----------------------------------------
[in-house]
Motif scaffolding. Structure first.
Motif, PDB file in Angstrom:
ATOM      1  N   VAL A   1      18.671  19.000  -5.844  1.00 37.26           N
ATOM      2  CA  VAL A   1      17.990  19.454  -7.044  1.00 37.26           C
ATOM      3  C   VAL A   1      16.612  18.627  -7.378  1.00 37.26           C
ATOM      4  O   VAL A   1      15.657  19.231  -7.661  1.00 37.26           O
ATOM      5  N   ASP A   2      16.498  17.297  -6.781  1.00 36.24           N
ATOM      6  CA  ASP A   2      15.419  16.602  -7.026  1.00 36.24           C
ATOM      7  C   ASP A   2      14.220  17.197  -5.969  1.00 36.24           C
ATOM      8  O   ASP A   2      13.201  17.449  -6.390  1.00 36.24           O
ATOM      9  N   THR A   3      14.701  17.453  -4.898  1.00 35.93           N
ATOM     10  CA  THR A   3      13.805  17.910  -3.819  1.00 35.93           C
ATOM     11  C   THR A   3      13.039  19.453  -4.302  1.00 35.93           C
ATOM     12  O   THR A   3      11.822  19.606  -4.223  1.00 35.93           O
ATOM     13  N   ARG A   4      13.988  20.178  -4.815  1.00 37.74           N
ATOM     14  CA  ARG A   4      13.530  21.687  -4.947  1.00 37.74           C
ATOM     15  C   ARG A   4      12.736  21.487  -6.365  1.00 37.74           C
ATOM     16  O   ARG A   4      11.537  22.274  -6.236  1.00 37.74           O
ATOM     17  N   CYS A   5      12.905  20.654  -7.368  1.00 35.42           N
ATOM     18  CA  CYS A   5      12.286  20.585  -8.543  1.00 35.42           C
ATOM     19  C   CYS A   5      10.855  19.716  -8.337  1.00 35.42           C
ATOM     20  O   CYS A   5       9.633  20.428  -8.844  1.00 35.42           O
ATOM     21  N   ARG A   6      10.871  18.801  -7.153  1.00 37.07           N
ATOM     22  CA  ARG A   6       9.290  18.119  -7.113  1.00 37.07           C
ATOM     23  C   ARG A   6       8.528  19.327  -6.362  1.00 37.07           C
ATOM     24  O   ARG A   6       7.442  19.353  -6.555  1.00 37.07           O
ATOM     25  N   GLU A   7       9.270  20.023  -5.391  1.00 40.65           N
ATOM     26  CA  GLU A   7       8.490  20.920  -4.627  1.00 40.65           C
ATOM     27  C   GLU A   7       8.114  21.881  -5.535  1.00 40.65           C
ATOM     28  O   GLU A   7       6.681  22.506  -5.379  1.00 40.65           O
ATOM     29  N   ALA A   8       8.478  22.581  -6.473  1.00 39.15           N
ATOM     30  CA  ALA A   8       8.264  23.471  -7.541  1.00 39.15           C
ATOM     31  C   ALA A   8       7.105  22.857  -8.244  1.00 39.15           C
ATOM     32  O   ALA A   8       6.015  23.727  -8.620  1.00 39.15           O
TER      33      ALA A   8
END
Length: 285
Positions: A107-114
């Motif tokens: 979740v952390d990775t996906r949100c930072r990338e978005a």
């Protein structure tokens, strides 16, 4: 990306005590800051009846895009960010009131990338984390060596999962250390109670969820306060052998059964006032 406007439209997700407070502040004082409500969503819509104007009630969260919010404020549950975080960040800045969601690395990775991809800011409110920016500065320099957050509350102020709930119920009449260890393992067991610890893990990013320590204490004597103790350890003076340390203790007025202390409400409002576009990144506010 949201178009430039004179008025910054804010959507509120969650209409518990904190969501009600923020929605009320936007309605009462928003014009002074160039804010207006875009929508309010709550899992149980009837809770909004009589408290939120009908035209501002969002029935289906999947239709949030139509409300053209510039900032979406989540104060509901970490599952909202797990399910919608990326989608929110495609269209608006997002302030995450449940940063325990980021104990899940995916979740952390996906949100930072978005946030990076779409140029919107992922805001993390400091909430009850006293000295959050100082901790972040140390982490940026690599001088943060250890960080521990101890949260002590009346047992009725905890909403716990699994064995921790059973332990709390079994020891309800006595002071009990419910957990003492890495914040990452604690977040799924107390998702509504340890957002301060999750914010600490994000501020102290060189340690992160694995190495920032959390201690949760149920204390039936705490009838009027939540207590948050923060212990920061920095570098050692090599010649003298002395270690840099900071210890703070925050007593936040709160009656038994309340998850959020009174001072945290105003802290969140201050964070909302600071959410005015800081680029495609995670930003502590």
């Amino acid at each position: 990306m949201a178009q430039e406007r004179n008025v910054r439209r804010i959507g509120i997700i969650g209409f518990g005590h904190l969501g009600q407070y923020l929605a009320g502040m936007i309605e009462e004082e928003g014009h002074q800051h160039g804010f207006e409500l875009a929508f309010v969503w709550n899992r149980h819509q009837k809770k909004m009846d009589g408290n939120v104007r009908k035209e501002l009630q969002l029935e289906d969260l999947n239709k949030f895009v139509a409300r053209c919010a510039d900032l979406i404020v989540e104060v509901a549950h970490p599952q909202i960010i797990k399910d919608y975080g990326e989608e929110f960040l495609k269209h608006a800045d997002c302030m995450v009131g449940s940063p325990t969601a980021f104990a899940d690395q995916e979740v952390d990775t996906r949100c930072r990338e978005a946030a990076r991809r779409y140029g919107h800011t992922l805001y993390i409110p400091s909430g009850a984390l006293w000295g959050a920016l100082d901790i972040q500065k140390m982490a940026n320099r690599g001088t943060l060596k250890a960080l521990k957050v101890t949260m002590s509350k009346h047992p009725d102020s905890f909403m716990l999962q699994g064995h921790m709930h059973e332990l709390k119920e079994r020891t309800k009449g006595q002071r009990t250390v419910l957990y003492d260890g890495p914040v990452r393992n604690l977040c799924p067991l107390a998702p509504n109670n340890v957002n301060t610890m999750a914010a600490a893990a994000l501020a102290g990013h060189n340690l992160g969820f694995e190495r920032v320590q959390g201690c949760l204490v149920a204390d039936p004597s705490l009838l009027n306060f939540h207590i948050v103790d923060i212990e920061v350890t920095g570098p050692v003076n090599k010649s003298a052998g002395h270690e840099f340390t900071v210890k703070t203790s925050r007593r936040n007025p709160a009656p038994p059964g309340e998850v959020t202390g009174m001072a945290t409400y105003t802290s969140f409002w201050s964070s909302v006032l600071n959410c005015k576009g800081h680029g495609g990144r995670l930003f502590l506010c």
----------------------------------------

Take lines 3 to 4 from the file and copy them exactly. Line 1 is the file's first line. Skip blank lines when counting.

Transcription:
Motif, PDB file in Angstrom:
ATOM      1  N   VAL A   1      18.671  19.000  -5.844  1.00 37.26           N